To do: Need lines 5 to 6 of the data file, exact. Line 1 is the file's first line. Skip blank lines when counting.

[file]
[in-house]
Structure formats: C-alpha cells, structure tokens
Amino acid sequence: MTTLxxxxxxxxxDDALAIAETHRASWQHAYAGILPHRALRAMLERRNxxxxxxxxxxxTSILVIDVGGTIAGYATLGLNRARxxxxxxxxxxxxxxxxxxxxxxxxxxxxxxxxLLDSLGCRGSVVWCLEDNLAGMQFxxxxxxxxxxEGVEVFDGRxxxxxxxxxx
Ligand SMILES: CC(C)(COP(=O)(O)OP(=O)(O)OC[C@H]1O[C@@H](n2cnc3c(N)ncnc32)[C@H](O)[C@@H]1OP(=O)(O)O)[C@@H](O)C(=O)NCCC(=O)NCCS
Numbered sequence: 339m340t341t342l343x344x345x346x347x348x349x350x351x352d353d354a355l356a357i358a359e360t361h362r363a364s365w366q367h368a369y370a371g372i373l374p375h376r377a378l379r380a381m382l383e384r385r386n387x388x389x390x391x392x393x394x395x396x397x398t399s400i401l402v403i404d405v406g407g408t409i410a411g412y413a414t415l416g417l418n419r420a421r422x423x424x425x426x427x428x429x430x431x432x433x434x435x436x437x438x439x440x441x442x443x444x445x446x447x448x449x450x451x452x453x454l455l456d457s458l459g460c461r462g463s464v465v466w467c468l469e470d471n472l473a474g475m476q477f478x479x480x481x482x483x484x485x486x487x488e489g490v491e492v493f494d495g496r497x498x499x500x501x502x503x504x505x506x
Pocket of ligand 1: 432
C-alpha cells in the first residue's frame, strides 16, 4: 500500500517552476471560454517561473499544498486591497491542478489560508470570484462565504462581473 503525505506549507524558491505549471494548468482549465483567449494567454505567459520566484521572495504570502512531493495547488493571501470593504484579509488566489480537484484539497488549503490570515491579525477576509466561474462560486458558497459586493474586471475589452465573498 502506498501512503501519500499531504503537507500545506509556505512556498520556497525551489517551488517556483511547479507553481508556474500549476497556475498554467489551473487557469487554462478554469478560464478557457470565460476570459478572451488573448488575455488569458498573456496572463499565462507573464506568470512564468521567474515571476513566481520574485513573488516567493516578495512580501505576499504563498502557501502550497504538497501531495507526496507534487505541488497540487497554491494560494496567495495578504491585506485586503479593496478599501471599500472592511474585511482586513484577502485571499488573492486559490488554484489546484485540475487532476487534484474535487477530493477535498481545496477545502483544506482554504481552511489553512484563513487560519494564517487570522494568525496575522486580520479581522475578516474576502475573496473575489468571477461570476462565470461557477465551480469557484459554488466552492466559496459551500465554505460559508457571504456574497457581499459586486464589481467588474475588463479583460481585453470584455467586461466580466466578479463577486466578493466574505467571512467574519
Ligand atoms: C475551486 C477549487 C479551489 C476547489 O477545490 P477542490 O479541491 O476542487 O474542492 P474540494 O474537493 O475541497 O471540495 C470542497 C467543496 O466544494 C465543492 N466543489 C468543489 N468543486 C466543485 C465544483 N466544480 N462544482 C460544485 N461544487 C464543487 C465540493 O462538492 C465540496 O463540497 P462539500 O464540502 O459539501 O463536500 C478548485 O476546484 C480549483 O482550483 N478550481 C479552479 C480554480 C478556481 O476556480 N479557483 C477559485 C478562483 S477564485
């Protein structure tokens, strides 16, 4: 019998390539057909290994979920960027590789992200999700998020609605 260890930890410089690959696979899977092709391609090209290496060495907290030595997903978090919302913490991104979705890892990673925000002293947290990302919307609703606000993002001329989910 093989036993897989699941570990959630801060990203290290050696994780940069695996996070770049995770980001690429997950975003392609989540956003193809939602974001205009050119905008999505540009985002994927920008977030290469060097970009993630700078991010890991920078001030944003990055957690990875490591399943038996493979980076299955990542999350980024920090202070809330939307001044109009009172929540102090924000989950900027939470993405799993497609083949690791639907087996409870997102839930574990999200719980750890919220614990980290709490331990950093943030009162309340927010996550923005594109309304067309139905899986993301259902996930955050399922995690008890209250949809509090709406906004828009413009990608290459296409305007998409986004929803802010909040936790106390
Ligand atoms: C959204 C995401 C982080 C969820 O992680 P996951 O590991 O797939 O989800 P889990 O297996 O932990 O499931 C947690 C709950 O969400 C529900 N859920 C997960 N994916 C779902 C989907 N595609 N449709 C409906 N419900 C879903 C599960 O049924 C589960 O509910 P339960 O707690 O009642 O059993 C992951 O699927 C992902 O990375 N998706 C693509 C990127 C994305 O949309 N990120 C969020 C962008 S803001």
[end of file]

Numbered sequence: 339m340t341t342l343x344x345x346x347x348x349x350x351x352d353d354a355l356a357i358a359e360t361h362r363a364s365w366q367h368a369y370a371g372i373l374p375h376r377a378l379r380a381m382l383e384r385r386n387x388x389x390x391x392x393x394x395x396x397x398t399s400i401l402v403i404d405v406g407g408t409i410a411g412y413a414t415l416g417l418n419r420a421r422x423x424x425x426x427x428x429x430x431x432x433x434x435x436x437x438x439x440x441x442x443x444x445x446x447x448x449x450x451x452x453x454l455l456d457s458l459g460c461r462g463s464v465v466w467c468l469e470d471n472l473a474g475m476q477f478x479x480x481x482x483x484x485x486x487x488e489g490v491e492v493f494d495g496r497x498x499x500x501x502x503x504x505x506x
Pocket of ligand 1: 432